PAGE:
The Trojans lost a nail-biter under the lights at Notre Dame Stadium 14-10 on Saturday night, as a USC team decimated by injuries at just about every offensive skill position failed to score in the second half.The loss snapped a five-game winning streak for the Trojans in South Bend, where they hadn’t lost since 2001. USC hadn’t lost any nonconference road game since 2002, and hadn’t lost twice in a row to Notre Dame since 2000-2001.Handing away the game · Senior running back Silas Redd (right) had 112 yards and a touchdown, but the Trojans fell to the Fighting Irish. – Ralf Cheung | Daily TrojanUSC had ample opportunities to overcome the deficit in the final period as the defense also held Notre Dame scoreless in the second half, but a litany of injuries, self-destructive play from the offensive line and a couple missed field goals doomed the Trojans.“Well, we have a hurt team in there,” interim head coach Ed Orgeron said. “Unfortunately we didn’t win the game, but I really liked the way our guys played and competed to the end.”Freshman safety Su’a Cravens gave USC the ball at the Irish 34-yard line by recovering a fumble –— Notre Dame’s only turnover of the night — with 6:27 left. A perfectly targeted 16-yard pass to freshman wideout Darreus Rogers from redshirt sophomore quarterback Cody Kessler picked up a first down at the Irish 21-yard line, and the Trojans looked primed to come away with at least a field goal.But on a play where Kessler scrambled to inside the 5-yard line, a holding penalty on junior right guard Aundrey Walker brought the ball back to the 33-yard line.“It wasn’t a hold,” Walker said. “But the ref called it and we gotta live with it and move on … It happened so fast, I was holding my hands up because I thought it was gonna be a touchdown. And I turned around and there was a flag on the field.”A false start by redshirt freshman left tackle Chad Wheeler dug the Trojans into a 4th and 20 situation on Notre Dame’s 26-yard line, meaning a field goal attempt would have been 43 yards long. With time running down and junior kicker Andre Heidari already having missed two field goals from 40 and 46 yards out, the Trojans tried to go for the touchdown and the win. But Kessler was sacked to turn the ball over on downs.“Going into the end, we just felt that we weren’t kicking field goals very well so [we thought], ‘Let’s go and win the game,’” Orgeron said.USC had another chance to score after a defensive stop, but injuries to Rogers, junior wideout Marqise Lee, freshman tailback Justin Davis and redshirt junior tight end Randall Telfer forced the Trojans to stretch deep into their depth chart on the final drive — and the backups’ inexperience showed. Sophomore tight end Jalen Cope-Fitzpatrick and walk-on redshirt freshman wide receiver Robby Kolanz lined up for USC, and a false start by Cope-Fitzpatrick and two incompletions thrown to the third-string tight end killed the Trojans’ last-gasp attempt to score.“Obviously the penalties hurt us tonight in crucial situations, and we didn’t punch it in in the red zone when we need to,” Orgeron said. “It seemed that every time we had a first down or something like that, we had a holding call or jumped offsides, shot ourselves in the foot, and then it was 2nd and 20.”Overall, the Trojans’ offensive stats looked passable; Kessler completed 20 of 34 passes for 201 yards and senior running back Silas Redd rushed 19 times for 112 yards and a touchdown.But after USC’s first drive of the game resulted in a touchdown, the Trojans never found the end zone again, and ended the game with a streak of 11 consecutive failed third-down attempts.“We felt like we had that game won until there were four zeros on the clock, ‘til it was completely over,” redshirt junior safety Dion Bailey said. “[Notre Dame] just made a couple more plays at the end that affected the outcome.”The Trojans had been expected to mostly split carries between the healthy quartet of backs who had registered carries against Arizona last week after redshirt sophomore Tre Madden suffered a hamstring injury. Madden wasn’t active for USC on Saturday, but Redd was slated for his first start of the season and seemed determined to assert himself as the starter.The senior carried six times for 40 yards on USC’s opening drive and punched the ball in for a one-yard touchdown to give the Trojans a 7-0 lead.The Irish attacked through the air on the next drive, as quarterback Tommy Rees completed six of seven attempts for 49 yards to lead Notre Dame to pay dirt. The drive concluded with a seven-yard pass to tight end Troy Niklas that tied up the game and put Rees over the 6,000 passing yard mark for his career, becoming only the fifth Notre Dame quarterback to surpass that mark. Rees finished 14 of 21 for 166 yards and two touchdowns.Notre Dame’s offense took a huge hit — literally and figuratively — when junior linebacker Lamar Dawson burst untouched on a blitz early in the third quarter and unloaded on Rees, knocking him out of the game with a neck strain.The Irish’s offense was noticeably more conservative from that point onward, as backup quarterback Andrew Hendrix short-armed several throws while failing to complete any of his four attempts. In fact, the Irish didn’t complete any passes in the fourth quarter, a stunning feat for a team to pull off while also claiming victory.“I wasn’t willing to throw the football, and when we did, I didn’t like the way it looked,” Notre Dame coach Brian Kelly said. “Obviously we missed [Rees] in the second half … We tried to have [Hendrix] pull [the ball] and get to the sidelines, but it was tough sledding out there.”A 48-yard punt return from sophomore wideout Nelson Agholor, the longest by a Trojan since 2010, gave USC the ball at the Notre Dame 20-yard line with just under 10 minutes left in the second quarter. The Trojans failed to reach the end zone, but Heidari was true on his second field-goal attempt from 22 yards out to give the Trojans a 10-7 lead.After the teams traded scoreless possessions, the Irish finally gained some traction in the run game on their last drive of the half, and it resulted in their first halftime lead in the rivalry at their home field since 2005.Notre Dame tailback Cam McDaniel broke off a 24-yard run to the Irish 41-yard line before a blatant pass interference penalty by redshirt junior cornerback Anthony Brown moved the ball past midfield to the USC 47.McDaniel followed with the longest rush of his career, a 36-yard scamper down to the USC 11-yard line, and receiver TJ Jones hauled in an impressive touchdown catch over sophomore cornerback Kevon Seymour to give the Irish a 14-10 lead that held until the final whistle. Follow Will on Twitter @WillLaws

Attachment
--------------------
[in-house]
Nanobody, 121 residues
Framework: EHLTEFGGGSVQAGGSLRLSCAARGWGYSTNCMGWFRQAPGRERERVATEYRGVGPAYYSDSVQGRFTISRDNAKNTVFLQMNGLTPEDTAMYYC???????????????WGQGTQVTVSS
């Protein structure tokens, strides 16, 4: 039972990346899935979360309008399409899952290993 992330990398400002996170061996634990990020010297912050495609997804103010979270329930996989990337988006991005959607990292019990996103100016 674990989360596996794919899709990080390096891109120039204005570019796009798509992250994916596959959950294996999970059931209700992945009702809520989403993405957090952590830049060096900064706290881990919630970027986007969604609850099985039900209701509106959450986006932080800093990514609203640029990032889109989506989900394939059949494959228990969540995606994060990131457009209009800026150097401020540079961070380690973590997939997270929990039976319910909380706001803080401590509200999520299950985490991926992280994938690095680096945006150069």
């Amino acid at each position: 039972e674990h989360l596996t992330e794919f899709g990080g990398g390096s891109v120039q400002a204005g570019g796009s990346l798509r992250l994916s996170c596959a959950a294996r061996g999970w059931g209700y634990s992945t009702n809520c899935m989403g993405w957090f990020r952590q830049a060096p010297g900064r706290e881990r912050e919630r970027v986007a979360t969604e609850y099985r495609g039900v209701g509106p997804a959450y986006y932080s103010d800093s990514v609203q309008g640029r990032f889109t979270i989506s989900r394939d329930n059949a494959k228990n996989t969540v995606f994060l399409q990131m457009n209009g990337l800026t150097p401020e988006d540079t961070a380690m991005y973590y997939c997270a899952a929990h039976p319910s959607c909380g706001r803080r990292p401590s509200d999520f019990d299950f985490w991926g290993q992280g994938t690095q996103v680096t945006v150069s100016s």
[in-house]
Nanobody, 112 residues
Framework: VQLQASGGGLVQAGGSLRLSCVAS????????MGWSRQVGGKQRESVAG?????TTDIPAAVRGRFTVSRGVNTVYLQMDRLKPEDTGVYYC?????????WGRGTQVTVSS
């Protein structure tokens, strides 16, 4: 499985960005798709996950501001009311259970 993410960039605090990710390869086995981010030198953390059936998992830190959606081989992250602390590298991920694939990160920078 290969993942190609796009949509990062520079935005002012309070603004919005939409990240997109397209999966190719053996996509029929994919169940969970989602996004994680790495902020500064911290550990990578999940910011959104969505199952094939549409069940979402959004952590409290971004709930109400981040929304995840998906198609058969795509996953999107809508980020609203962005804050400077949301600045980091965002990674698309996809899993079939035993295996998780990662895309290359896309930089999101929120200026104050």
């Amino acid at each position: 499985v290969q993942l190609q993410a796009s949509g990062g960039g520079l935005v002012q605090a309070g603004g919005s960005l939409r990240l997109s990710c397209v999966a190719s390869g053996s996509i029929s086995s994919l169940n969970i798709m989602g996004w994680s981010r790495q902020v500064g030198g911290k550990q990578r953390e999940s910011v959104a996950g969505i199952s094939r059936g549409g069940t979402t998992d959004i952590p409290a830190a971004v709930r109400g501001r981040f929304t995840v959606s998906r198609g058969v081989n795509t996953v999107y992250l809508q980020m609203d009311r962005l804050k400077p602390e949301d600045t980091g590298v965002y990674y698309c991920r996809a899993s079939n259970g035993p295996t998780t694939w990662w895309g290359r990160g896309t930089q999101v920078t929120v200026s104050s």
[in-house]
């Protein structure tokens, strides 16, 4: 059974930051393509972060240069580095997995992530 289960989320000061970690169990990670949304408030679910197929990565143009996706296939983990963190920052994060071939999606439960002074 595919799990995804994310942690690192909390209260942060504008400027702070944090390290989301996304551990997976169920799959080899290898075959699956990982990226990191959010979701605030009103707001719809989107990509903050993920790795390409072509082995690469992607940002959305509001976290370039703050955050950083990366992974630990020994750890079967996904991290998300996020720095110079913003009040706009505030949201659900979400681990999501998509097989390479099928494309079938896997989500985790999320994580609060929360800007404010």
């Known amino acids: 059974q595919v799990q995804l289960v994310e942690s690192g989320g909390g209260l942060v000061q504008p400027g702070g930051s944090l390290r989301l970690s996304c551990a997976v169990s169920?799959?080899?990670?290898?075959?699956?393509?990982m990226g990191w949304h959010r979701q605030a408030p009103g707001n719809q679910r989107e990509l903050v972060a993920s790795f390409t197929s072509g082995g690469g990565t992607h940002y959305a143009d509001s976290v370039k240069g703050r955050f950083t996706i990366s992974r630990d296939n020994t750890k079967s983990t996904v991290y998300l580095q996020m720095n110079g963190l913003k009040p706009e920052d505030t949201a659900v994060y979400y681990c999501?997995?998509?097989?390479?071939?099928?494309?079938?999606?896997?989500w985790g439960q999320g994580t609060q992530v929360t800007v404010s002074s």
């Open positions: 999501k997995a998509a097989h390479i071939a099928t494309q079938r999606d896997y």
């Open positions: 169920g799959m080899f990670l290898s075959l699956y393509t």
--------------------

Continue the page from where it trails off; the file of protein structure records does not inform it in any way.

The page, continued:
With less than 15 seconds left in the game, Syracuse’s fate was in Briana Day’s right hand. The center was isolated in the post against Boston College’s Mariella Fasoula, who matched Day in height, but was physically stronger.Fasoula knocked Day back a few feet and spun right for a layup that would’ve given the Eagles a two-point lead. Day recovered, jumping with her right arm extended to knock away the shot. She snagged the ball out of the air and gave Syracuse one last possession to try and win the game.“Briana Day took the game over,” Syracuse head coach Quentin Hillsman said. “To get two or three stops late and six rebounds in the quarter, it was tremendous. That was huge for us.”She grabbed 12 rebounds in the second half, including six in the fourth quarter, and forced multiple defensive stops down the stretch. Her final block and rebound set the Orange up for its final, and game-winning, possession with just nine seconds left. Day had a season-high 15 boards, added seven points and her play was crucial in the final minutes of Syracuse’s (15-6, 5-3 Atlantic Coast) 62-61 win over Boston College (13-7, 1-6) at the Carrier Dome on Wednesday.“She just has a nose for the ball and I’m really proud of her,” SU guard Brittney Sykes said. “Especially the last play, we needed, well the last two plays she got the defensive rebound and the offensive rebound on the opposite end. … That’s what she’s great at.”AdvertisementThis is placeholder textIn the final seconds of the first quarter, Day grabbed guard Sykes’ missed layup amid a crowd of three opposing players. She stepped with her right foot through the scrum and converted on the lay in, but it was a bright spot in an otherwise lackluster half for the center.Through the first 20 minutes, she had just three rebounds and two points. On the other end, Boston College’s centers scored 15 of the team’s 31 points.Whether it was Fasoula, who Hillsman noted before the game as an all-conference player — who excelled at making moves and scoring in the post — or her counterpart, Katie Quandt, nearly every inside bucket was the same. First a pass inside, then a spin move and an underhand toss at the hoop. The centers used their long arms to reach around Day and score.In the second half, Hillsman told Day to stop playing behind Boston College’s centers and to jump out in front of passes to deny the ball down low. From the bench, assistant coach Tammi Reiss yelled at her to “grind it out.” On her own, though, Day started getting out in front of the go-to spins and forcing the bigs away from the basket.“Just move my feet, really that’s all I could do,” Day said. “… I guess that worked.”Day swarmed Fasoula, forcing her to take a tough shot that missed from the outer edge of the lane. The next time down, Day slid in front of the spin to the left and pressured the layup enough that Fasoula sent it wide off the backboard.With 1:49 left in the game and Syracuse ahead by two points, Boston College lobbed a pass in to Fasoula. Day leapt forward to swat the pass, but missed and Fasoula converted the game-tying layup behind her.Day dropped her head and trudged down the court.Three times in its last four possessions, Boston College went to Fasoula inside. All but once, Day came up with the stop.And with nine seconds remaining and a game-winning basket just a few feet, Day redeemed herself, denying Fasoula’s attempt at heroics and giving the Orange a chance to win the game.“Briana Day was huge down the stretch, “ Hillsman said. “… Getting us another possession and that’s what it’s all about for us. Comments Published on January 27, 2016 at 11:34 pm Contact Jon: email@example.com | @jmettus Facebook Twitter Google+
RIP Hugo Santillan.He passed away from injuries suffered during Saturday’s fight which ended in a draw.We join Hugo’s family and friends in grief, support and wish prompt resignation.Via @marcosarienti pic.twitter.com/WwT7LyLXIW— World Boxing Council (@WBCBoxing) July 25, 2019A super lightweight, Santillan — the son of former boxer Alfredo Santillan — made his pro debut in 2015 and was 19-6-2 with eight KOs. He becomes the second boxer this week to die from injuries sustained in the ring.Join DAZN to watch Hooker vs. Ramirez on July 27 and 100+ fight nights a yearMaxim Dadashev of Russia died Tuesday after suffering a similar brain injury during a fight Friday in Maryland against Subriel Matias of Puerto Rico. Dadashev was 28.According to ringside reports from Buenos Aires (via ESPN.com), Santillan’s nose began to bleed in the fourth round of Saturday’s 10-round bout and, though he raised his arm in victory after the fight, he collapsed after the judges announced the fight as a draw.Santillan, nicknamed “Dynamite,” underwent surgery for a clot on his brain and twice went into cardiorespiratory failure before he died of cardiac arrest at 12:35 a.m. Thursday local time Thursday, Olocco confirmed.“Upon admission to the hospital, he had successive kidney failure and he did not come out of his coma,” Olocco said (via The Guardian). “He had swelling of his brain and he never recovered consciousness. The swelling continued to worsen, and it affected the functioning of the rest of his organs.”The WBC expressed its condolences, tweeting, in part, “We join Hugo’s family and friends in grief.” Argentine boxer Hugo Alfredo Santillan died Thursday in Buenos Aires of injuries suffered in his fight Saturday against Eduardo Javier Abreu, Dr. Graciela Olocco from Hospital Agudos San Felipe confirmed to local media.Santillan was 23.